Business Brief for December 14, 2005
Wednesday, December 14, 2005
These are short blurbs about current events in the business world.
A World Bank lead economist speaks on Bird Flu
In an online discussion Milan Brahmbhatt, World Bank lead economist for East Asia and the Pacific, answered a few questions about Bird Flu. Brahmbhatt said that the first thing to note is that "economic impacts can only be based on very broad assumptions." Brahmbhatt said that estimations of economic impacts are based on the SARS epidemic of 2003.
Brahmbhatt said "the most immediate economic impact might arise actually not from actual death or sickness, but from the efforts of people to actually avoid becoming infected, and this was at least the experience during SARS, when people tried to avoid infection by minimizing face-to-face interactions with other people, and this resulted in a very severe demand shock for services sectors."
Brahmbhatt indicated that since a pandemic flu would be a global disease that wouldn't end as quickly as SARS did that the severe demand shock for services would occur globally and last longer. "this could entail a loss of world GDP of four to five percent of world GDP, which, according to Oxford, would amount to the sort of staggering of figure of $1,500 to $2,000 billion." Brahmbhatt continued. Brahmbhatt said "One study for the US calculated that a mild epidemic similar to that which occurred in 1968 might lead to US losses with a present value of perhaps $100-200 billion in today’s dollars." Brahmbhatt said that the World Bank will continue to calculate the economic impact as more information about the disease becomes available.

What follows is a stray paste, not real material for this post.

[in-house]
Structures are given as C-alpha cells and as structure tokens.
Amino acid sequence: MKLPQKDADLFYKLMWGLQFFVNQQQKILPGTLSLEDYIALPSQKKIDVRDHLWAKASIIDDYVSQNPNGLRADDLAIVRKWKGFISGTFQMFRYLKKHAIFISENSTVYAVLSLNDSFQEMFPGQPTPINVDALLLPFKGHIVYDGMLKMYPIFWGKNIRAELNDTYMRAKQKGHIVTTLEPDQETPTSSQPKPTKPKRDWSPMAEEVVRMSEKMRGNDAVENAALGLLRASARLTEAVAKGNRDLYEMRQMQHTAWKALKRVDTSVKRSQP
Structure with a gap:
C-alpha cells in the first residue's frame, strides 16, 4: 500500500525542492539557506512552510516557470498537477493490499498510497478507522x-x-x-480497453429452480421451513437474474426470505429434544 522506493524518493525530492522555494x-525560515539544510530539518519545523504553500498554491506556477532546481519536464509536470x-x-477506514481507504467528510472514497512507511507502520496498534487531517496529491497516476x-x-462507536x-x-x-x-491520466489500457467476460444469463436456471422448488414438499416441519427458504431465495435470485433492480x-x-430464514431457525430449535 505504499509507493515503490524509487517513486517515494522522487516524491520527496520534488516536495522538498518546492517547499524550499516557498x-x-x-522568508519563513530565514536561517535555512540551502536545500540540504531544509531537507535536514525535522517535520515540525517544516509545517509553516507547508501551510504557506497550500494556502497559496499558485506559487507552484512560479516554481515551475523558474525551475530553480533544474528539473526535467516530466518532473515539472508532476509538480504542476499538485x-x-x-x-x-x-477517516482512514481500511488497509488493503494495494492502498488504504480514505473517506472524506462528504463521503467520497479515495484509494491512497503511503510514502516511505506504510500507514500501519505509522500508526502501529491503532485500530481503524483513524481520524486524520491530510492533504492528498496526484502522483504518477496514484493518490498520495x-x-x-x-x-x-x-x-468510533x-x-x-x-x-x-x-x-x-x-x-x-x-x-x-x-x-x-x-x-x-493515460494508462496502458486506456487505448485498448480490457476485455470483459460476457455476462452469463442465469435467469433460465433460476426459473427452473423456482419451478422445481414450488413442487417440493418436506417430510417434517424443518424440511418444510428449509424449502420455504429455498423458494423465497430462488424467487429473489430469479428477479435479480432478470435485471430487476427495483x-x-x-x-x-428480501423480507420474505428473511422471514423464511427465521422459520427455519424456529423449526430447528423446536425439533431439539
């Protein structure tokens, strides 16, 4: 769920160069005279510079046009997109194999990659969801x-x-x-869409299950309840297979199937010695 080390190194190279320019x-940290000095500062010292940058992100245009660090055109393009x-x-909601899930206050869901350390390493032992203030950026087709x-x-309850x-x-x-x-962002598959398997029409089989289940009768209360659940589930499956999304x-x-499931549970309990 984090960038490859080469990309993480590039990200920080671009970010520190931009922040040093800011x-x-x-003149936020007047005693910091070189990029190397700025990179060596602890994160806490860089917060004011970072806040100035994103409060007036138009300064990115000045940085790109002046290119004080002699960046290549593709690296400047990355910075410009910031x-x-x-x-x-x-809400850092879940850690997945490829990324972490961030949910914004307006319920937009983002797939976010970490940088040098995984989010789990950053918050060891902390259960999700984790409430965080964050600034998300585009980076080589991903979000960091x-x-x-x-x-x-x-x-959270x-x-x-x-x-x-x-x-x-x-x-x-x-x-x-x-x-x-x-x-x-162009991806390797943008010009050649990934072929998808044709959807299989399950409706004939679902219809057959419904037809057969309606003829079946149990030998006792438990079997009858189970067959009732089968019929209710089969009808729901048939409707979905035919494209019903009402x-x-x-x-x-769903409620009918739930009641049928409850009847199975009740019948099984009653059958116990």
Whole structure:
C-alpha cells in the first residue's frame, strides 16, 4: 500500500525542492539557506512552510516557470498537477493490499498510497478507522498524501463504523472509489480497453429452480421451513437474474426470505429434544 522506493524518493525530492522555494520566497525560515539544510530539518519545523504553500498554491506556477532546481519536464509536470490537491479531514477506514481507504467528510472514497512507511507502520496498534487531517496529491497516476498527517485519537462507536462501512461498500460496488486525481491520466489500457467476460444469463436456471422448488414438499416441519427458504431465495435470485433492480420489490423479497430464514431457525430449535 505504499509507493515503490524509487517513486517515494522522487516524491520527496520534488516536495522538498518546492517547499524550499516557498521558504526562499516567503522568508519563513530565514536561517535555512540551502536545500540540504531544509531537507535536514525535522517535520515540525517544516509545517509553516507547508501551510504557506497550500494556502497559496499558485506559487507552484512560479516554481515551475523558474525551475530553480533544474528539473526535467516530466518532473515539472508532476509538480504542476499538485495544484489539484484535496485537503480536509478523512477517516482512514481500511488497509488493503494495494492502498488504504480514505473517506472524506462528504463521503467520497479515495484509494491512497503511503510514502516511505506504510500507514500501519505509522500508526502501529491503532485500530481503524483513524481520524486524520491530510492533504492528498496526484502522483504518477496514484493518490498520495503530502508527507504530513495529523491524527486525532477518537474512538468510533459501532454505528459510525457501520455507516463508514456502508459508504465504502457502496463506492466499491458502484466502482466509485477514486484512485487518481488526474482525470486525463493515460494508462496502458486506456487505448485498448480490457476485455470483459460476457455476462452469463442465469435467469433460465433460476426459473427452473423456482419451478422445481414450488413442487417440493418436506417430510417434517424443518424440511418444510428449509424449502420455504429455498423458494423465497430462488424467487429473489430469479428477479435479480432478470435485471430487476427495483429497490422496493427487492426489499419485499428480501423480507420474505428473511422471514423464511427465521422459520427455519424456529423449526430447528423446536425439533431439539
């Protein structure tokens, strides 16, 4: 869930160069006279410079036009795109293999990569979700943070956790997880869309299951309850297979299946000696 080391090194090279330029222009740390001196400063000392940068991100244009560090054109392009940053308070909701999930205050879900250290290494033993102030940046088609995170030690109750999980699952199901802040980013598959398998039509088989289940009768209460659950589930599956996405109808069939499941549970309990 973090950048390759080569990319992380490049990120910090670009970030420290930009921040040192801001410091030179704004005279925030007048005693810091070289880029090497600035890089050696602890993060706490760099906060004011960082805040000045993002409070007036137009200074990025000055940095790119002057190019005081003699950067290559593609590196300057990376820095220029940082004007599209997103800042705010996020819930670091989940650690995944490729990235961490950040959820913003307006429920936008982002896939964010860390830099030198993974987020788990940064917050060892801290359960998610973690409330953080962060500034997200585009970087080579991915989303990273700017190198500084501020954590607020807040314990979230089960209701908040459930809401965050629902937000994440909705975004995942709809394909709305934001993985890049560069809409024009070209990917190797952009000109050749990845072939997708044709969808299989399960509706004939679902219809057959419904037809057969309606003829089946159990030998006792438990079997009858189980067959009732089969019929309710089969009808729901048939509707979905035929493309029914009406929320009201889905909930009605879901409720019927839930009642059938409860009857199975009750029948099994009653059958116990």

- "Discussion with Milan Brahmbhatt on Avian Flu" — , December 2005
Gold prices drop
Japanese gold buyers took in profits causing gold prices to drop. Gold has risen 8% since the start of December. Gold rose to $540.90 a troy ounce on Monday, the highest level since January 1981. Gold has now dropped over $20 in late London trading. If gold stays above $500 for the remainder of the trading day it will mark the 10th successive day of trading above the mark. Gold has not traded above $500 for 10 days in a row since 1983.
Other precious metals were affected by gold's drop. Silver has dropped 8% from an 18 year high of $9.23 a troy ounce. Platinum has fallen $24 from a 26 year high of $1,015 an ounce. Palladium is down 9% to $269 an ounce.
Advisors are walking both sides of the Gold fence. "It has been a substantial rise in prices and the recent moves seem to be a case of profit taking before the end of the year," said, chief economist at Commonwealth Securities Craig James, "But the fundamental situation is still solid. We believe the price of gold is well supported at $475 an ounce."
Tobin Gorey of Commonwealth Bank of Australia said "Gold has had a good run and the Fed lifting rates by an expected quarter-percentage point wasn't going to reverse the selling trend we've seen in recent days."
"We're seeing a lot of book-squaring and portfolio readjustment away from gold as the end of the year approaches," Gorey continued.
- Lewa Pardomuan. "Gold drops $7 after Fed hike, Tokyo futures tumble" — , December 14, 2005
- Kevin Morrisonand and Chris Flood. "Gold's advance stalls in the face of profit-taking" — , December 14, 2005